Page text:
As others have said, before you do anything you should read your lease and find out if you are even allowed to have an aquarium...especially one that size. If you've signed a contract/lease that states that you are not allowed to set one up, then you are taking on a HUGE amount of liability. You could get evicted, or potentially even worse, if something bad does happen you could be liable for the damage.

If you are allowed under the terms of the leave to set up a tank that size, then you should contact a structural engineering firm. There's a science to this...don't take some randrom internet blogger's opinion, because if something goes wrong, it's your butt, not his/hers. Oh yeah, and also don't ask the opinion of the person selling you the tank. Their opinion tends to be pretty biased/uninformed.

greenearthlawns
03-20-2009, 5:14 PM
I live in a manufactured home and I have 12 tanks in one room for a total of 700 gal. I bought floor jacks and landscape timbers and completely supported the floor underneath. cost about 500$ and my husband did the work. definately worth it for the peace of mind. Also, this post reminds me to also get insurance asap.

malawi mayhem
03-21-2009, 12:08 PM
aldiaz33 is so right on the mark when he said...

"Oh yeah, and also don't ask the opinion of the person selling you the tank. Their opinion tends to be pretty biased/uninformed."

My local guy, who has been in the business for 25+ years honestly thought that the 110G would be fine... He was very surprized by the real scoop on the working load of most residential floors. Also, I ran into an architect that I know last night and was talking to him about it... he said the working load would 45 lbs per sqft. and he painted the same picture as my engineer... he put it this way.

"From the moment the tank was filled with water, the tank stand would be on a surface that is in a progressive state of downward movement..."

This is a really important thread.... I am going to direct Nic my engineer and soon to be African Cichlids keeper to it and see if he would make a general professional comment.

John

12 Volt Man
03-21-2009, 7:03 PM
this is a good read on the subject:

http://www.cichlid-forum.com/articles/aquarium_weight.php

see what the engineer says about this article. it was written by an engineer.

Ryan_R
04-15-2009, 2:43 PM
What if i only fill the tank up half way?

I've thought about this myself.... but I know myself too well. I'd start filling it only half way for a while. Then the tank would get a little more filled.... then a little more.... but within a year, I guarantee that I'd be filling that tank to the brim. :grinyes:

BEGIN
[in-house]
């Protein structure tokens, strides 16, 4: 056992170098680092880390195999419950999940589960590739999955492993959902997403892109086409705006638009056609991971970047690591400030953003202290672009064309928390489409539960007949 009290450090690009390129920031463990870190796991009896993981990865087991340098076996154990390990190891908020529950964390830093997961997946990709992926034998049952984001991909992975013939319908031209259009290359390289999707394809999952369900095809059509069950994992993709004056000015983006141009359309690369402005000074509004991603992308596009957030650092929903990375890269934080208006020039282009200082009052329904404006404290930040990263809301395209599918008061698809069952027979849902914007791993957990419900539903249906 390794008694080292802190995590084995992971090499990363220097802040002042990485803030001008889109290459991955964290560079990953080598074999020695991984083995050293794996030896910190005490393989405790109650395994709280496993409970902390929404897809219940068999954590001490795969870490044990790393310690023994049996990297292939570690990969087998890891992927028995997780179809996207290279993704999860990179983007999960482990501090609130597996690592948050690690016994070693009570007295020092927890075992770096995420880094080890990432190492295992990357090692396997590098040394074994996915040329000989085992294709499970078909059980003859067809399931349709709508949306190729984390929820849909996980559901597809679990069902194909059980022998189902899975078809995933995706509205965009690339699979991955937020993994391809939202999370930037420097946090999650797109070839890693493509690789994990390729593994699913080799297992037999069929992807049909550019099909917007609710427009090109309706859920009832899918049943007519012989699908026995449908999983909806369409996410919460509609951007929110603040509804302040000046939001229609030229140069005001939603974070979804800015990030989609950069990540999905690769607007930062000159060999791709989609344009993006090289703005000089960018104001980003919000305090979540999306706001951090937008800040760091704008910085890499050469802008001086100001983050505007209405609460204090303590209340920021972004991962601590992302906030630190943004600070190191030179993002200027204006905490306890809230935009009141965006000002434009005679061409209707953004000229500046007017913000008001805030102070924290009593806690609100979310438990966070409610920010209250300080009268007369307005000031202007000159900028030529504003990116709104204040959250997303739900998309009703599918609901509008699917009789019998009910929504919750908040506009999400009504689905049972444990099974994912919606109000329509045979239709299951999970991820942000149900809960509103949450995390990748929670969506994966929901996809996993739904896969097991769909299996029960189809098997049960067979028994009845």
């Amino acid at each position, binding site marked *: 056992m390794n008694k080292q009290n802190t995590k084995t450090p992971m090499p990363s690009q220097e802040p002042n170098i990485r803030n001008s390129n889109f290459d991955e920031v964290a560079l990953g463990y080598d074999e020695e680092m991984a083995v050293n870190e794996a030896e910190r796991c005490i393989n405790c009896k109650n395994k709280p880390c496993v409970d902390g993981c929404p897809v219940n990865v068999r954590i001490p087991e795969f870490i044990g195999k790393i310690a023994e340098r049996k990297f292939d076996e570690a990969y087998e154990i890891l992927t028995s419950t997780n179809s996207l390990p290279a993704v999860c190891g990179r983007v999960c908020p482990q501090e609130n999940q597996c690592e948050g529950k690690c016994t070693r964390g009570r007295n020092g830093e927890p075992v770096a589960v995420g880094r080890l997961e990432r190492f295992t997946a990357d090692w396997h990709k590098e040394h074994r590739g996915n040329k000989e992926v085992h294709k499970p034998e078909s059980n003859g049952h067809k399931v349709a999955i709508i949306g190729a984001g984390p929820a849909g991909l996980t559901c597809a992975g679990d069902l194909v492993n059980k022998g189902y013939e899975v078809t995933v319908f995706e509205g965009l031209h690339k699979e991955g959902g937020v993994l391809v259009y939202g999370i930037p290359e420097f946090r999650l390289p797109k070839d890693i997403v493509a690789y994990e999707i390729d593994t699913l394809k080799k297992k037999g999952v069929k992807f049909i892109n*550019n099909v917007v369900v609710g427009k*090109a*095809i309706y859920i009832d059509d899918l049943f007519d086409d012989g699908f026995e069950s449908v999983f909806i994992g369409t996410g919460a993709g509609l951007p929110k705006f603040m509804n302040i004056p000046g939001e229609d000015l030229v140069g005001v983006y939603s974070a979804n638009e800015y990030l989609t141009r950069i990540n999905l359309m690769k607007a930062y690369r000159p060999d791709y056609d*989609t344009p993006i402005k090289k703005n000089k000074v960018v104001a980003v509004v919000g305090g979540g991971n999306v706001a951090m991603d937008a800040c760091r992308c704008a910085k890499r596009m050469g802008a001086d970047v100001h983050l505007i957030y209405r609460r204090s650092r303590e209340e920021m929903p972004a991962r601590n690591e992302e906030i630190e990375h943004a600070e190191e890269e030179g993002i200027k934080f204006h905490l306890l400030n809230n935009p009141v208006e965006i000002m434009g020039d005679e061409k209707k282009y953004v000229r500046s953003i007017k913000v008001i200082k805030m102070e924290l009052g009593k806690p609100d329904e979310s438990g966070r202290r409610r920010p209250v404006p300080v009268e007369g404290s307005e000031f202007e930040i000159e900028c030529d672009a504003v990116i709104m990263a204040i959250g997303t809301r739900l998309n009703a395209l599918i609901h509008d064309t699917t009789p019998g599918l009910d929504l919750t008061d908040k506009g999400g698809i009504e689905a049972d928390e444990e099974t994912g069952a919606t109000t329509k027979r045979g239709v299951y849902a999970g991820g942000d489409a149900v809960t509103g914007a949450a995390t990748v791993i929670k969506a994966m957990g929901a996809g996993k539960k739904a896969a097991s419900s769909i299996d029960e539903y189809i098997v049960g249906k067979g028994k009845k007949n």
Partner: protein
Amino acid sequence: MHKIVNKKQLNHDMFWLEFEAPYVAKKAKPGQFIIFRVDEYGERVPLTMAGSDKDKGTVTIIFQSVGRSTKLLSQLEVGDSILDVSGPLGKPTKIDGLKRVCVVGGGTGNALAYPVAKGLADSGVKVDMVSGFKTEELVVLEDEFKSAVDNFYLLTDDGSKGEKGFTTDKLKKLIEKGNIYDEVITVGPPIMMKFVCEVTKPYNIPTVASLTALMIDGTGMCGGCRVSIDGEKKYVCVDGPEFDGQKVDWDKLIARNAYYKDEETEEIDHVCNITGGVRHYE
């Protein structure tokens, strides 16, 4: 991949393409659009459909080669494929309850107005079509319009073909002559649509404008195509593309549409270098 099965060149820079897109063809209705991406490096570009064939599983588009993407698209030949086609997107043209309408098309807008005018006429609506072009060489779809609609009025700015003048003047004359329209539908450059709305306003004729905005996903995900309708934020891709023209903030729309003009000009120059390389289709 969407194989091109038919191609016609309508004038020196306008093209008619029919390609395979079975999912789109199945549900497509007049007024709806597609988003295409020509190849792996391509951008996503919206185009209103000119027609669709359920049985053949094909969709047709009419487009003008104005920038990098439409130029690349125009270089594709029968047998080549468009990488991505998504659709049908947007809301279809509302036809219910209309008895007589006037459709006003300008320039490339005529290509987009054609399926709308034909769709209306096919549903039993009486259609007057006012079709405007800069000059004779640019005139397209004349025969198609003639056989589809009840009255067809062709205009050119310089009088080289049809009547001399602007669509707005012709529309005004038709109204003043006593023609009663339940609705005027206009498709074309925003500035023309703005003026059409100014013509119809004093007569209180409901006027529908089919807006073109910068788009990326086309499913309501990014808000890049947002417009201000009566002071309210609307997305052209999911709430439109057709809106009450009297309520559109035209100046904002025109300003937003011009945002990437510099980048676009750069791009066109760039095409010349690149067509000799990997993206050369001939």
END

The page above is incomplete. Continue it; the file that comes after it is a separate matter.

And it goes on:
As for the big tank, I really think the answer is going to be a solid "no". It's a bad idea to just do it without knowing how the building was built, and to get that knowledge, you'll probably have to go through the landlord.... who'll almost definitely shoot you right down.

-Ryan

Steveo1987
04-16-2009, 2:51 PM
My mate is an engineer and i asked him a similar question before and he told me that here in Ireland, upstairs levels can safely hold roughly 4 16 stone guys on 1m2 area?! That would be design spec and i dont think that would ever quite happen ha? That equates to roughly 408kg per metre squared?! As said before you'd need to know what your home is made of and what your load bearing capacity is before id attempt it?!

A 210 gallon = roughly 955 litres

So your tank would weigh in the region of:

Tank = 150kg (guess)
Stand = 80kg (guess again)
Water = 955kg
Stones and other decorations = 100kg+

Total = 1285kg+

You standing beside it? Other furniture in your room? It may be safe if it was super long! Try it and let us know how you get on?!

12 Volt Man
04-16-2009, 4:48 PM
but those four guys would have to stand in the same spot and not move for 15 years :)

then you could tell if the floor was sagging and or damaged :)

timeneverfreezes
04-16-2009, 4:54 PM
Some of you guys are forgetting that when adding decorations, stones, etc. there is an equal volume of water displaced. So its not strictly 1000lbs of water + 200lbs of stones.

I have a 120g and a 75g that I am putting upstairs in a single room. I am pretty nervous about it but I realize that the tanks wont just shear right through the floor. Like a poster above said, first the joints will start to sag and the tank begin to lean. So I think that if I check the level every month and make sure everything is okay I can anticipate anything before it happens.

12 Volt Man
04-16-2009, 5:03 PM
Some of you guys are forgetting that when adding decorations, stones, etc. there is an equal volume of water displaced. So its not strictly 1000lbs of water + 200lbs of stones.


agreed.

when I estimated the weight of my 150 for example, I have 150 pounds of gravel that probably displaces 15 gallons of water..assuming a 2 inch even depth if I flattened all the gravel out..

malawi mayhem
04-16-2009, 5:31 PM
bump....

What was that noise...?

It was your floor being slowly destroyed...

mm

Steveo1987
04-16-2009, 5:41 PM
Some of you guys are forgetting that when adding decorations, stones, etc. there is an equal volume of water displaced. So its not strictly 1000lbs of water + 200lbs of stones.

I have a 120g and a 75g that I am putting upstairs in a single room. I am pretty nervous about it but I realize that the tanks wont just shear right through the floor. Like a poster above said, first the joints will start to sag and the tank begin to lean. So I think that if I check the level every month and make sure everything is okay I can anticipate anything before it happens.

Yeah forgot about that but either way its gona be a very heavy load? You'd really wana know whether or not the floor can actually hold the weight before you go ahead with it?! Saying all that imo i tink it would hold it but id research it in more detail just to make sure!!